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Waukeen Q. McCoy, Appellant, v. CITY AND COUNTY OF SAN FRANCISCO (2010)

United States Court of Appeals,Ninth Circuit.

Clayton HARMSTON; Gigi George; James Lewis; Erik Evanson; Erik Solares; Dave Parry; Noah Mallinger; Carlos Mustafich; Luis Dejesus; James D. Aherne; Jason Kirchner; Reginald Scott; Gerald P. Lyons; Wendy Hurley; Holly Stoumen; Christine Arndt; Shareef Nasir, individuals, Plaintiffs, Andrew Cohen, an individual, Plaintiff-Appellant, Waukeen Q. McCoy, Appellant, v. CITY AND COUNTY OF SAN FRANCISCO; Heather Fong, Defendants-Appellees.

No. 09-16562.

Decided: December 10, 2010

Before MARY M. SCHROEDER and JAY S. BYBEE, Circuit Judges, and OWENJ. PANNER, District Judge.* Waukeen Q. McCoy, Esq., San Francisco, CA, for the plaintiff-appellant. Lawrence Hecimovich, Deputy City Attorney, San Francisco, CA, for the defendants-appellees.


The district court sanctioned police officer Andrew Cohen and attorney Waukeen Q. McCoy (collectively, “Cohen”) in 2007 for violating the court's discovery protective order. After the district court remanded the case to state court in 2008, and after the state court entered judgment, Cohen appealed the district court's sanctions order in 2009. We are first asked to decide whether the remand order was a “final” order for purposes of permitting Cohen to appeal the sanctions order. Concluding that the remand order was final, we then must determine whether the appeal was timely filed under Federal Rule of Appellate Procedure 4(a). We conclude that it was not and that we lack jurisdiction to hear Cohen's appeal.


Eighteen San Francisco police officers-most of whom were stationed in Bayview-created a comedy video in 2005. Finding the video offensive, Police Chief Heather Fong (“Fong”) disciplined several of the participating police officers. In August 2006, eighteen of those officers (including co-appellant Andrew Cohen), represented by co-appellant McCoy, filed suit in state court, alleging race discrimination, retaliation, defamation, and intentional infliction of emotional distress. When the officers subsequently amended their complaint to include federal discrimination claims, CCSF removed the case to federal court on February 28, 2007.

Fearing public disclosure “of confidential, proprietary, or private information” during the course of discovery, the parties agreed to a Stipulated Protective Order (“Protective Order”) on August 20, 2007. The district court later held that McCoy and Cohen violated the Protective Order when McCoy provided or showed a copy of the video of Chief Fong's deposition to a reporter for ABC News on September 20 or September 21, 2007, even though Fong's counsel had designated the deposition as confidential. While McCoy had objected to designating Fong's deposition as confidential, he never pressed this objection to the court. Citing this and three other examples of Protective Order violations,1 none of which appellants dispute, the district court held McCoy and Cohen in contempt. Because the “evidence” of Cohen's violations was “clear and convincing,” the court concluded “that sanctions for th[eir] contempt [were] appropriate to compensate [CCSF] for [their] noncompliance.”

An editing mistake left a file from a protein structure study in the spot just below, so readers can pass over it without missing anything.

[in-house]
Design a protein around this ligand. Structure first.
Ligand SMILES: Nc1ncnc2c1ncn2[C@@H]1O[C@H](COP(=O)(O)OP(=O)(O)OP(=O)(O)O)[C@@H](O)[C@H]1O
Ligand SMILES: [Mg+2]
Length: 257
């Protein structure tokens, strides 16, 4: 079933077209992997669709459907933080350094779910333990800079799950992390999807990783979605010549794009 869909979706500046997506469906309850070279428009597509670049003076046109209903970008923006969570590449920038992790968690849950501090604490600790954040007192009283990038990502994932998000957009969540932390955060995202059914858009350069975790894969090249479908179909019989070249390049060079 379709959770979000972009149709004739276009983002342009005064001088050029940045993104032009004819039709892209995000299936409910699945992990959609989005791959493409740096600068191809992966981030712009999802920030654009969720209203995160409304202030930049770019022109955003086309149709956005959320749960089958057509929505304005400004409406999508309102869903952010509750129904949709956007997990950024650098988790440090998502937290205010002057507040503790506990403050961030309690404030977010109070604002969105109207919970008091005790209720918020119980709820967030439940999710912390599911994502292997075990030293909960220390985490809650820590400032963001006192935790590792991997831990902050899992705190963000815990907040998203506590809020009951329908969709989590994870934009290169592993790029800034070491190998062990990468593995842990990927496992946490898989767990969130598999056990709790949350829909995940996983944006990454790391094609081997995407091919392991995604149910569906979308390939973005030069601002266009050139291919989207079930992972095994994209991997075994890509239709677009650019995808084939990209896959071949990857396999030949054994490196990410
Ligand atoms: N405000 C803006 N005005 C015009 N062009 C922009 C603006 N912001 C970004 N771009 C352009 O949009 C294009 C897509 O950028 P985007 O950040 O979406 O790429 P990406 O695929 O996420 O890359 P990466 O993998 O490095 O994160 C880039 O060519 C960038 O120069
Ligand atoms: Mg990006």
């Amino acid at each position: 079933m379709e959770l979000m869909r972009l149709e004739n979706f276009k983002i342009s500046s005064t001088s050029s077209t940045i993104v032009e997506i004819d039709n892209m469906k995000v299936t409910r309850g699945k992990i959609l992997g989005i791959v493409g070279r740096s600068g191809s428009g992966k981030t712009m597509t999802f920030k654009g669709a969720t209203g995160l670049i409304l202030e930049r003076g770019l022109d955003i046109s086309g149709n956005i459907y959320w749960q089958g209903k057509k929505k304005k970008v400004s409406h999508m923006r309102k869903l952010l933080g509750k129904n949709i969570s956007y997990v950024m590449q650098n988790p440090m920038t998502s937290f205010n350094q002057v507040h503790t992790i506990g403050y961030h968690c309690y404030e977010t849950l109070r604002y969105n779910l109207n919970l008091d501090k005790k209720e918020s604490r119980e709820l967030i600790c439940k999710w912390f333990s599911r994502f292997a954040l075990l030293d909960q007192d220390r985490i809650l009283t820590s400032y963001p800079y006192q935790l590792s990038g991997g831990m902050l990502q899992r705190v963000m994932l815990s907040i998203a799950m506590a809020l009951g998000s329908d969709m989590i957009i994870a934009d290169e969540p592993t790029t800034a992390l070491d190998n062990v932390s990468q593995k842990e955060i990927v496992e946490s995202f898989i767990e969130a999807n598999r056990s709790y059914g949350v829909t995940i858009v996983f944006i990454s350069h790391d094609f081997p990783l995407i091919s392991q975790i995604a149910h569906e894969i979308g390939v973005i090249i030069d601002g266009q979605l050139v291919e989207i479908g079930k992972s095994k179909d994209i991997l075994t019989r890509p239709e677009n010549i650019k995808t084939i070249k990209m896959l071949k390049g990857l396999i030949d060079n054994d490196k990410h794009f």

On November 16, 2007, Cohen appealed to this court, arguing that the district court's order held Cohen in criminal contempt, and that the court should have therefore provided procedural protections. In an unpublished order, we “conclude[d] that the district court found [Cohen] in civil contempt and that the district court imposed monetary sanctions against [Cohen] to compensate [CCSF] for losses sustained when [Cohen] violated the district court's protective order and to coerce compliance with the district court's protective order in the future.” Because Cohen was held in civil contempt, we concluded, the sanctions order was “not an immediately appealable order,” and we sua sponte dismissed the appeal. See 28 U.S.C. § 1291; Bingman v. Ward, 100 F.3d 653, 656 (9th Cir.1996); Kordich v. Marine Clerks Ass'n, 715 F.2d 1392, 1393 (9th Cir.1983) (per curiam).

On January 29, 2008, the district court granted in part Appellants' Motion for Clarification of the Court's Contempt Order. The court made clear “that the sanctions imposed on Cohen ․ were civil, not criminal,” because “the Court awarded sanctions to defendants to compensate them for injuries associated with the improper disclosure of Chief Fong's deposition,” and because “the Court intended in part to coerce plaintiffs to comply with the protective order in the future.”